Publication Title: 
Complementary Therapies in Clinical Practice

A systematic review revealed three small randomised controlled trials of yoga for low back pain, all of which showed effects on back pain that favoured the yoga group. To build on these studies a larger trial, with longer term follow-up, and a number of different yoga teachers delivering the intervention is required. This study protocol describes the details of a randomised controlled trial (RCT) to determine the effectiveness and cost-effectiveness of Yoga for chronic Low Back Pain, which is funded by Arthritis Research Campaign (arc) and is being conducted by the University of York.

Cox, Helen
Tilbrook, Helen
Aplin, John
Chuang, Ling-Hsiang
Hewitt, Catherine
Jayakody, Shalmini
Semlyen, Anna
Soares, Marta O.
Torgerson, David
Trewhela, Alison
Watt, Ian
Worthy, Gill
Publication Title: 
Journal of Physical Activity & Health

BACKGROUND: This study describes evidence of yoga's effectiveness for depressive disorders, general anxiety disorder (GAD), panic disorder (PD), and posttraumatic stress disorder (PTSD) in adults. We also address adverse events associated with yoga. METHODS: We searched multiple electronic databases for systematic reviews (SRs) published between 2008 and July 2014, randomized controlled trials (RCTs) not identified in eligible SRs, and ongoing RCTs registered with RESULTS: We identified 1 SR on depression, 1 for adverse events, and 3 addressing multiple conditions.

Duan-Porter, Wei
Coeytaux, Remy R.
McDuffie, Jennifer R.
Goode, Adam P.
Sharma, Poonam
Mennella, Hillary
Nagi, Avishek
Williams, John W.
Publication Title: 
Clinical Journal of Oncology Nursing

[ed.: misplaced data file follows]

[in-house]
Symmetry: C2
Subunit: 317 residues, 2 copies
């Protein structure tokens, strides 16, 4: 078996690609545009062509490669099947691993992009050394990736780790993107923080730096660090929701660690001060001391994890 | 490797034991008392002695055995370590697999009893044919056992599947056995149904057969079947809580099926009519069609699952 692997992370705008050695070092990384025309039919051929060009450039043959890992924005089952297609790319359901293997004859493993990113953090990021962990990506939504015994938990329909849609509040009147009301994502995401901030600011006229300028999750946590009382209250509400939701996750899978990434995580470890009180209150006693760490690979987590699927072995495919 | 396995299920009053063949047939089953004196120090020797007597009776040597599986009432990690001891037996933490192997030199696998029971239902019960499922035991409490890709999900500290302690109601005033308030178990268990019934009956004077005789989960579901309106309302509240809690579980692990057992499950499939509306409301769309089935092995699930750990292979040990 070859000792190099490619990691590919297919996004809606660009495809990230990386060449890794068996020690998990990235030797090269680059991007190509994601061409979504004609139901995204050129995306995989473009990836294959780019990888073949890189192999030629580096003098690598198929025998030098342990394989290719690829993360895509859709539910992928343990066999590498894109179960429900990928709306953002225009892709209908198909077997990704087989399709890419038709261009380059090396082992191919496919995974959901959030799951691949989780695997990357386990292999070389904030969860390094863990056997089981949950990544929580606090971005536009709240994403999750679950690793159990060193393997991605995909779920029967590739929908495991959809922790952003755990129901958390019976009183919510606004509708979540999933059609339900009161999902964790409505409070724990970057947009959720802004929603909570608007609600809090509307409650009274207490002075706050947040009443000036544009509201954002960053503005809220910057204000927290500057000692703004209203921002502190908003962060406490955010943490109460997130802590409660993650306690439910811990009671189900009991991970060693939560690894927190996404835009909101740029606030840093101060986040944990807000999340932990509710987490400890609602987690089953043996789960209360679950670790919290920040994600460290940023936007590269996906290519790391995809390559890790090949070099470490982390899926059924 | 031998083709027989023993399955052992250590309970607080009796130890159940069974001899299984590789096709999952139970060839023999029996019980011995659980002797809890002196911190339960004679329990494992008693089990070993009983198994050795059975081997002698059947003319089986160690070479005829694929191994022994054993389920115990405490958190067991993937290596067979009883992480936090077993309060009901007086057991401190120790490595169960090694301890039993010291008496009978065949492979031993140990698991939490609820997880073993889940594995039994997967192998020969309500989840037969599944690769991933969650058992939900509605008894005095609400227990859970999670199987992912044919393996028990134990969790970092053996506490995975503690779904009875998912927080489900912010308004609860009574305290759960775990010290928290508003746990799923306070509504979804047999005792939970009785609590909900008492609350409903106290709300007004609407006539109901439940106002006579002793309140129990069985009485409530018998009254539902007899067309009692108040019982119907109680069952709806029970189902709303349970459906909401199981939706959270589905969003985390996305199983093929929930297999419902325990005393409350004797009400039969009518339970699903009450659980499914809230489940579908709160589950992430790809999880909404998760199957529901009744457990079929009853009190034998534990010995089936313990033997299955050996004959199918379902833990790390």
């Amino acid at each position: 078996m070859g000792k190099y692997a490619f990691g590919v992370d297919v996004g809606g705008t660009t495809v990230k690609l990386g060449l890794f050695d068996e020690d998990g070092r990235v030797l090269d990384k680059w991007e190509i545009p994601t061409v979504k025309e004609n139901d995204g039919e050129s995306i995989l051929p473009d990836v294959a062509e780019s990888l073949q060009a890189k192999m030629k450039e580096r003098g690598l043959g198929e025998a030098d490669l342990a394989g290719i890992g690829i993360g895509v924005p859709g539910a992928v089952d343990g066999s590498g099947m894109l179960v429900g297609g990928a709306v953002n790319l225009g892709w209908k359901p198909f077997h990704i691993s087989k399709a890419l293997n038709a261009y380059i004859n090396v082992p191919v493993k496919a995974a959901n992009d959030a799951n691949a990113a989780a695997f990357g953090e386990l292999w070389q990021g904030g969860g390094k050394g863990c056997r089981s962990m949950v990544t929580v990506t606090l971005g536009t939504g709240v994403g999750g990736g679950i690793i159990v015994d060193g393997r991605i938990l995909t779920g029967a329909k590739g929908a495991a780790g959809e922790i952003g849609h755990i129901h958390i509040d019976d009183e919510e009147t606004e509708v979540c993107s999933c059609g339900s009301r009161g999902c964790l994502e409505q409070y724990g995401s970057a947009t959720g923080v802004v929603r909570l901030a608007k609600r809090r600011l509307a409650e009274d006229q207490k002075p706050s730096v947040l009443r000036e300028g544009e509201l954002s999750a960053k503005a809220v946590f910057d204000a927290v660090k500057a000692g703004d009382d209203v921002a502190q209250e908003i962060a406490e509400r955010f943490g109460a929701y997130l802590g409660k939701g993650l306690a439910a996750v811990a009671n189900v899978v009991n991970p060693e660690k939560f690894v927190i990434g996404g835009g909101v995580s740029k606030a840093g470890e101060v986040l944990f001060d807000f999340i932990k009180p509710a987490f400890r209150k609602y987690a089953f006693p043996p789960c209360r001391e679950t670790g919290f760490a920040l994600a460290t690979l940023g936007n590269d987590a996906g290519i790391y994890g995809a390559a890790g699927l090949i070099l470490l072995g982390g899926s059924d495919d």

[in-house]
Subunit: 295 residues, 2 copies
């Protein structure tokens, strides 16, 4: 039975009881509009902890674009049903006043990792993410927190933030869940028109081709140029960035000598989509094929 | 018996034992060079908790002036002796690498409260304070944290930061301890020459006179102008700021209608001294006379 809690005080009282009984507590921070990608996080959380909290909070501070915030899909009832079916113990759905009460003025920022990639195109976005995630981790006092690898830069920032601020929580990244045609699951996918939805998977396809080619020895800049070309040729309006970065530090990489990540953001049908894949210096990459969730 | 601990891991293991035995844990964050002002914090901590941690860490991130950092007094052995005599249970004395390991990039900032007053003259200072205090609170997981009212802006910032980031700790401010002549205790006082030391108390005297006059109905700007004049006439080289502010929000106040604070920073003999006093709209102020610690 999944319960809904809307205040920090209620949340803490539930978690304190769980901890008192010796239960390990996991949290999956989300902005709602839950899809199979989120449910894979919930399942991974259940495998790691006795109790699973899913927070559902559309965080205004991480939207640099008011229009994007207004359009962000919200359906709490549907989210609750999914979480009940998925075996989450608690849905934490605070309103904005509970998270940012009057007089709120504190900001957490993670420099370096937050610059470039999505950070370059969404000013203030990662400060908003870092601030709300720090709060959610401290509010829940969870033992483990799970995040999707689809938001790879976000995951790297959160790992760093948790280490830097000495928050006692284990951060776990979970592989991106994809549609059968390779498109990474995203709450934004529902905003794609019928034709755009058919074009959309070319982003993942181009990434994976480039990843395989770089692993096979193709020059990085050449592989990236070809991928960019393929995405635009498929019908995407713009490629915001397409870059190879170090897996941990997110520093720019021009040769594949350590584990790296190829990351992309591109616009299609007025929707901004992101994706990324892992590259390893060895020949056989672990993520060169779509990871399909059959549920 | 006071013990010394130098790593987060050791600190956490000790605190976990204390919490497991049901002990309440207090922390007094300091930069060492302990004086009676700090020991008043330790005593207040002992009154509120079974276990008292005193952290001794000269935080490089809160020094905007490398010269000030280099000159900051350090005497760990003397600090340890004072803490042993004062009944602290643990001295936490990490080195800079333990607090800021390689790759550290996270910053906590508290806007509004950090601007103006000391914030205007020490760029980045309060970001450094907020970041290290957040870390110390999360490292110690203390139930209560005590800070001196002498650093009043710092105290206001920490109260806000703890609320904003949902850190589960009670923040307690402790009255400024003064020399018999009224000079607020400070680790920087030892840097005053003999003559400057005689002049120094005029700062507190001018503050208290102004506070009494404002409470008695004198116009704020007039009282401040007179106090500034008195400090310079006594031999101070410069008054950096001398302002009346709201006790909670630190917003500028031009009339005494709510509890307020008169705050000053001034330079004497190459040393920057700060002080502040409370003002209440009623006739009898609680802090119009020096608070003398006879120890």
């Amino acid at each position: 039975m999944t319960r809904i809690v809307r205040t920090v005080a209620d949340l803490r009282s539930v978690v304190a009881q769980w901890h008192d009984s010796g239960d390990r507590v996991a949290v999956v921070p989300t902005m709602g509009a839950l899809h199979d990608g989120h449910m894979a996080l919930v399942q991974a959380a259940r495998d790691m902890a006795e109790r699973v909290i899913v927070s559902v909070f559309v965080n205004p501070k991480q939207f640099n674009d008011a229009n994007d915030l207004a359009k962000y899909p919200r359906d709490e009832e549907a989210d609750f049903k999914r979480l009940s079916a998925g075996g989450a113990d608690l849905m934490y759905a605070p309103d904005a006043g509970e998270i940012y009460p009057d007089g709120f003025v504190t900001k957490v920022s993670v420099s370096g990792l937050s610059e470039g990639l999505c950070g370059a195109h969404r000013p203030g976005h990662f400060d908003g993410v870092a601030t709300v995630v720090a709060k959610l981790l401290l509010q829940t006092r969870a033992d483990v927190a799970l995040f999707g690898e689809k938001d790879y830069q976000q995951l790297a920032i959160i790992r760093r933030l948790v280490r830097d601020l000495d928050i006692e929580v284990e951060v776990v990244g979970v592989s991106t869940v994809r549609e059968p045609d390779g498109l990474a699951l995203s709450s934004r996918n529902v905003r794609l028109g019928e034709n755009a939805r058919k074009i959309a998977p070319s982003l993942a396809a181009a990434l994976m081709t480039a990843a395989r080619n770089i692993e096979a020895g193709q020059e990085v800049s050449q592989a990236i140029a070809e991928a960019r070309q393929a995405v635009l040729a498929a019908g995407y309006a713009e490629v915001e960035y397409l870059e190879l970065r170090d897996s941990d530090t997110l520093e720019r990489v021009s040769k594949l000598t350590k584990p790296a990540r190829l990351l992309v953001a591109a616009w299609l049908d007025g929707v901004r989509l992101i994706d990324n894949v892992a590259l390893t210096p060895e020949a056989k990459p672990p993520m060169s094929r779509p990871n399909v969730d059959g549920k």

BACKGROUND: Introducing patients with cancer to the practice of yoga can be beneficial for coping with the side effects of treatment and the psychological aspects of cancer that are often difficult and distressing for patients. Oncology nurses can learn to use simple yoga techniques for themselves and as interventions with their patients. OBJECTIVES: This article provides details about the development and implementation of a yoga class for patients with cancer and provides details about other ways nurses can integrate yoga into oncology nursing and cancer care.

Sisk, Angela
Fonteyn, Marsha
Publication Title: 
Journal of Behavioral Medicine

Yoga has become increasingly popular in the US and around the world, yet because most yoga research is conducted as clinical trials or experiments, little is known about the characteristics and correlates of people who independently choose to practice yoga. We conducted a systematic review of this issue, identifying 55 studies and categorizing correlates of yoga practice into sociodemographics, psychosocial characteristics, and mental and physical well-being.

Park, Crystal L.
Braun, Tosca
Siegel, Tamar
Publication Title: 
Health Technology Assessment (Winchester, England)

BACKGROUND: Premature ejaculation (PE) is commonly defined as ejaculation with minimal sexual stimulation before, on or shortly after penetration and before the person wishes it. PE can be either lifelong and present since first sexual experiences (primary), or acquired (secondary), beginning later (Godpodinoff ML. Premature ejaculation: clinical subgroups and etiology. J Sex Marital Ther 1989;15:130-4). Treatments include behavioural and pharmacological interventions.

Cooper, Katy
Martyn-St James, Marrissa
Kaltenthaler, Eva
Dickinson, Kath
Cantrell, Anna
Publication Title: 
American Journal of Preventive Medicine